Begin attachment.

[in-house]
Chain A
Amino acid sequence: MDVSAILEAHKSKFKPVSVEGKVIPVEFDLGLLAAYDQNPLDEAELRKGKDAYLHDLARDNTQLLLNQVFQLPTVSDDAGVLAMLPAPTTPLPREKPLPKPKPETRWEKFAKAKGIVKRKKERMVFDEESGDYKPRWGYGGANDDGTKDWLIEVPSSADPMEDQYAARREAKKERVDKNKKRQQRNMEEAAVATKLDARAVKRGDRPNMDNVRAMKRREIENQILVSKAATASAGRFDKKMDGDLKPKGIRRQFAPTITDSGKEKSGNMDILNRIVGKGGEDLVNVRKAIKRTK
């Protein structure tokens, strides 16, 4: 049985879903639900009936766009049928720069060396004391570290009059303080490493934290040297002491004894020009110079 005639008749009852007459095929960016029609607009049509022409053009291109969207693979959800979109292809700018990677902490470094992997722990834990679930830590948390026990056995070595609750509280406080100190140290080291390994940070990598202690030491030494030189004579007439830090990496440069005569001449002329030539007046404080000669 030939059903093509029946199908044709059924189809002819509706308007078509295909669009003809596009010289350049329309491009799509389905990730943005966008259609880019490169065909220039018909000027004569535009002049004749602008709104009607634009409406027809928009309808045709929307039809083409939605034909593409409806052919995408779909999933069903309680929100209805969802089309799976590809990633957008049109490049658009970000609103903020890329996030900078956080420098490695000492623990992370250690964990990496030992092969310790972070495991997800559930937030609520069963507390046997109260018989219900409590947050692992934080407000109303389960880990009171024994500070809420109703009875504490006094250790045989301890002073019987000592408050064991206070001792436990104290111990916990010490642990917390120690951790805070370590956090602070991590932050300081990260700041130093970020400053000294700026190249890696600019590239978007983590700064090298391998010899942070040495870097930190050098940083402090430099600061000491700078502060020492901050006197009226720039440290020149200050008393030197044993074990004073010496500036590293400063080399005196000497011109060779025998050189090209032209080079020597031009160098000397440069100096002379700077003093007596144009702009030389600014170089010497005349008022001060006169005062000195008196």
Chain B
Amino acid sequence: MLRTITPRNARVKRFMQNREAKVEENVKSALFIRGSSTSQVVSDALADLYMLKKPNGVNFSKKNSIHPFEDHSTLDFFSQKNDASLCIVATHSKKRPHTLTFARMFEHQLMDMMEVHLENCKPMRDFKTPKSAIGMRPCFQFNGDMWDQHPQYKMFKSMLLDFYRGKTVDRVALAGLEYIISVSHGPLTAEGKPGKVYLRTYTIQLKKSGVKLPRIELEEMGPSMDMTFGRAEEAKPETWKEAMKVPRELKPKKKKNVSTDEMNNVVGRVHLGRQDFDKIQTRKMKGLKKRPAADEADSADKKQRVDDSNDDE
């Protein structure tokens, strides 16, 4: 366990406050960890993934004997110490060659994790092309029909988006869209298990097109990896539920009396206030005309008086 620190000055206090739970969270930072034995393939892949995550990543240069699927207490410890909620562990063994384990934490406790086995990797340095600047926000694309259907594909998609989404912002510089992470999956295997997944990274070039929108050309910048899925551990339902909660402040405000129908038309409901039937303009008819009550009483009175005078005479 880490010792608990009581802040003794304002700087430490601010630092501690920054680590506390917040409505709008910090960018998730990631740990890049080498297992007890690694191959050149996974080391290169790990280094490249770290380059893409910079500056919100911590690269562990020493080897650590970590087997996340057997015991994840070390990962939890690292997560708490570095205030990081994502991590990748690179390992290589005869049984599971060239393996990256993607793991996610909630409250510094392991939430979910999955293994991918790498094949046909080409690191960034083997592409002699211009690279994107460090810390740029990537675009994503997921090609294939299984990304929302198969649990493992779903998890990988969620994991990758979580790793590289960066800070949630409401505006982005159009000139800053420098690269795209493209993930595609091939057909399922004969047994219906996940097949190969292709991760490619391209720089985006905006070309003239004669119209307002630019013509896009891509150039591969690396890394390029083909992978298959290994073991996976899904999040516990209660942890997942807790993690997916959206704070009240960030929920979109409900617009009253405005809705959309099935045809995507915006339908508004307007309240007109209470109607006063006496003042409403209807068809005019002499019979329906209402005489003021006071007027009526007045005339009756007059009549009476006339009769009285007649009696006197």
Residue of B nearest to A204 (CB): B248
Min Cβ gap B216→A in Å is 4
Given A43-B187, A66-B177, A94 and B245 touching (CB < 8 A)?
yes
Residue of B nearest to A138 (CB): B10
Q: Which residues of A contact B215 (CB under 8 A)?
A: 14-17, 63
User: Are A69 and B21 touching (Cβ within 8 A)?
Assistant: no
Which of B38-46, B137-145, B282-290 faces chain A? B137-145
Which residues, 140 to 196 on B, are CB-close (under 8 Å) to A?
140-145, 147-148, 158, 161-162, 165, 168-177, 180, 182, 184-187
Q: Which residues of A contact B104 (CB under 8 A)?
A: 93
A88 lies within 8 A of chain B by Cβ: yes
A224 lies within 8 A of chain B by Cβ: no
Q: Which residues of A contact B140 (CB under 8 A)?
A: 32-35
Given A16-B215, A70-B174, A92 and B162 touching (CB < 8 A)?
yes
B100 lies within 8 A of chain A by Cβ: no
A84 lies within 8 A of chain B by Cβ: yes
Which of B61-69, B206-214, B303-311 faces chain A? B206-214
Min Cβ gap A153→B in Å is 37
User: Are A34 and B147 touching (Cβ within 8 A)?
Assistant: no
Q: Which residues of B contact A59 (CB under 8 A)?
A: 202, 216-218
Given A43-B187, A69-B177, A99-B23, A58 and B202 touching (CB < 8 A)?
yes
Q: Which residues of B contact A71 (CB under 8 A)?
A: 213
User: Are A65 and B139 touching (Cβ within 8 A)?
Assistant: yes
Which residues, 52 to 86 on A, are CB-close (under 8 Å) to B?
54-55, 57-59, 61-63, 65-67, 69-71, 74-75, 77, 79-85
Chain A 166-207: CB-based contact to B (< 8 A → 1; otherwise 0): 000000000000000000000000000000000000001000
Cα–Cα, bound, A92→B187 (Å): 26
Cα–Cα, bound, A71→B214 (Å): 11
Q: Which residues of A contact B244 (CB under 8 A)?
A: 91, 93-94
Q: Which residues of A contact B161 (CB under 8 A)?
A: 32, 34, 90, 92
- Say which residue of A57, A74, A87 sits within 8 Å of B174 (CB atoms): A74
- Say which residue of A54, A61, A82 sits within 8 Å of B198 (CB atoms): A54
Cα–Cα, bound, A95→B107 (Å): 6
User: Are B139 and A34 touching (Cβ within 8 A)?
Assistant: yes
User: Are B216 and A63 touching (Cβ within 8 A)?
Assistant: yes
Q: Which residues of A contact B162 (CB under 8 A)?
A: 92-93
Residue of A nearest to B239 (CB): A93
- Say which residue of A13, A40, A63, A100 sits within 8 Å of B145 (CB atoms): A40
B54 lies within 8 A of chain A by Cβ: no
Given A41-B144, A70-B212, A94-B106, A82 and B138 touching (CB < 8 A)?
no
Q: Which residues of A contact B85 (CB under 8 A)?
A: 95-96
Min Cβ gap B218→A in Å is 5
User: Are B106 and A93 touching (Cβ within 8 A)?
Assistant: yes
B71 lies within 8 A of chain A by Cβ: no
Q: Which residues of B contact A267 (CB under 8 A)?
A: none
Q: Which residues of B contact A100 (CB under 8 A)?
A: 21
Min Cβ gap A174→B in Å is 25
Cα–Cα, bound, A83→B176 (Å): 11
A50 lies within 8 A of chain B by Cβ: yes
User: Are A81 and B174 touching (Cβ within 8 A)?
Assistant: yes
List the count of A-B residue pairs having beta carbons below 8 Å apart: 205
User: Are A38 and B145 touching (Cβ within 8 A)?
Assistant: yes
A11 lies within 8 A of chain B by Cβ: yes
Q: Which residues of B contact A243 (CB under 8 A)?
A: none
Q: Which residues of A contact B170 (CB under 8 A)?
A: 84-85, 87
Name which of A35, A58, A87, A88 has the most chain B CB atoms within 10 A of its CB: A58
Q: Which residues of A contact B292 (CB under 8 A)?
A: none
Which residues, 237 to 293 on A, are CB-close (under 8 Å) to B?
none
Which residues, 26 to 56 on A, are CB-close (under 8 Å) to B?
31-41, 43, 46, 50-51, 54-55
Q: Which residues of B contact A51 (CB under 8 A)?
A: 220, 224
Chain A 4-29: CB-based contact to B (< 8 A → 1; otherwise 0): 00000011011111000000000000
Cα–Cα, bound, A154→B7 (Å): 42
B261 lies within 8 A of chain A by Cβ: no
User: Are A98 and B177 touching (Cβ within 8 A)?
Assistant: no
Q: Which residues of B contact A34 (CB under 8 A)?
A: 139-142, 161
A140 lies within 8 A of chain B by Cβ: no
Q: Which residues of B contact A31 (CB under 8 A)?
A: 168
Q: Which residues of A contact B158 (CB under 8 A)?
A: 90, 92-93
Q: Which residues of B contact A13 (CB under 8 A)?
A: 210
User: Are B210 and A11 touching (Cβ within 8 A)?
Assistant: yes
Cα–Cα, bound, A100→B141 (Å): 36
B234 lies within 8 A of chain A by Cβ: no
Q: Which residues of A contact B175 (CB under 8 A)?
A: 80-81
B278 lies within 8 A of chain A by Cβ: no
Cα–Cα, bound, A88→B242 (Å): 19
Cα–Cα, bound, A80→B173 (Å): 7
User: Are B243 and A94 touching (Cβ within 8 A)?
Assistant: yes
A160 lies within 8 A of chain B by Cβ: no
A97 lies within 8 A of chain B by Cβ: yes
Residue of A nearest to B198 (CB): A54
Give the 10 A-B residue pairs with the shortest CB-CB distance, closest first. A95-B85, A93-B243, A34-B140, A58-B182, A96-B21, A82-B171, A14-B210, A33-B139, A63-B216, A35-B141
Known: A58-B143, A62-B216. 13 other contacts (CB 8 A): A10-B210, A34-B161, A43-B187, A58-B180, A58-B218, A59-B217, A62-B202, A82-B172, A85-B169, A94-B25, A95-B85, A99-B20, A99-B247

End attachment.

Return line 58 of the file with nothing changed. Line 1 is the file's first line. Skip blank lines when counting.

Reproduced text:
Q: Which residues of A contact B162 (CB under 8 A)?